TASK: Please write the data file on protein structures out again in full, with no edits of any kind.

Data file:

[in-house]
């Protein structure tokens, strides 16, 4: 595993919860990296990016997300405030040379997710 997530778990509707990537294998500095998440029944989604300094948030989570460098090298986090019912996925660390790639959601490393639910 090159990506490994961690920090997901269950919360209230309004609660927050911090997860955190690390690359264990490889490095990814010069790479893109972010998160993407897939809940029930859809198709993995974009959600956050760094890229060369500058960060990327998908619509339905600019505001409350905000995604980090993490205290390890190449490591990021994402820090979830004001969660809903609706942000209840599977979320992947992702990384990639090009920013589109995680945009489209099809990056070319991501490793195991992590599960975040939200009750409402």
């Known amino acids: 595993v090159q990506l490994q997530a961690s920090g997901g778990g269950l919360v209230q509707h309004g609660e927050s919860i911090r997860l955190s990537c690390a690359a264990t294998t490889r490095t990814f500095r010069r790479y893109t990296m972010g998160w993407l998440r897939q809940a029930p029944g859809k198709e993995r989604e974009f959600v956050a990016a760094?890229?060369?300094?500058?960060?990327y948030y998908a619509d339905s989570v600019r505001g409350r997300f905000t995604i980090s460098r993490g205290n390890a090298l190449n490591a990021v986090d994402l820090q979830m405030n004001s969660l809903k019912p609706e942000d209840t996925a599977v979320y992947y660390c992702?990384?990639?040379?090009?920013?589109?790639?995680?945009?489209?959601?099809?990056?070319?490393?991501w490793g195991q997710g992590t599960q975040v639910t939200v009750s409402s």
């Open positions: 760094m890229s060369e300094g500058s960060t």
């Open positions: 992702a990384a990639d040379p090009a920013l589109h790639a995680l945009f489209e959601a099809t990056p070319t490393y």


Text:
[in-house]
């Protein structure tokens, strides 16, 4: 595993919860990296990016997300405030040379997710 997530778990509707990537294998500095998440029944989604300094948030989570460098090298986090019912996925660390790639959601490393639910 090159990506490994961690920090997901269950919360209230309004609660927050911090997860955190690390690359264990490889490095990814010069790479893109972010998160993407897939809940029930859809198709993995974009959600956050760094890229060369500058960060990327998908619509339905600019505001409350905000995604980090993490205290390890190449490591990021994402820090979830004001969660809903609706942000209840599977979320992947992702990384990639090009920013589109995680945009489209099809990056070319991501490793195991992590599960975040939200009750409402």
């Known amino acids: 595993v090159q990506l490994q997530a961690s920090g997901g778990g269950l919360v209230q509707h309004g609660e927050s919860i911090r997860l955190s990537c690390a690359a264990t294998t490889r490095t990814f500095r010069r790479y893109t990296m972010g998160w993407l998440r897939q809940a029930p029944g859809k198709e993995r989604e974009f959600v956050a990016a760094?890229?060369?300094?500058?960060?990327y948030y998908a619509d339905s989570v600019r505001g409350r997300f905000t995604i980090s460098r993490g205290n390890a090298l190449n490591a990021v986090d994402l820090q979830m405030n004001s969660l809903k019912p609706e942000d209840t996925a599977v979320y992947y660390c992702?990384?990639?040379?090009?920013?589109?790639?995680?945009?489209?959601?099809?990056?070319?490393?991501w490793g195991q997710g992590t599960q975040v639910t939200v009750s409402s």
């Open positions: 760094m890229s060369e300094g500058s960060t």
């Open positions: 992702a990384a990639d040379p090009a920013l589109h790639a995680l945009f489209e959601a099809t990056p070319t490393y």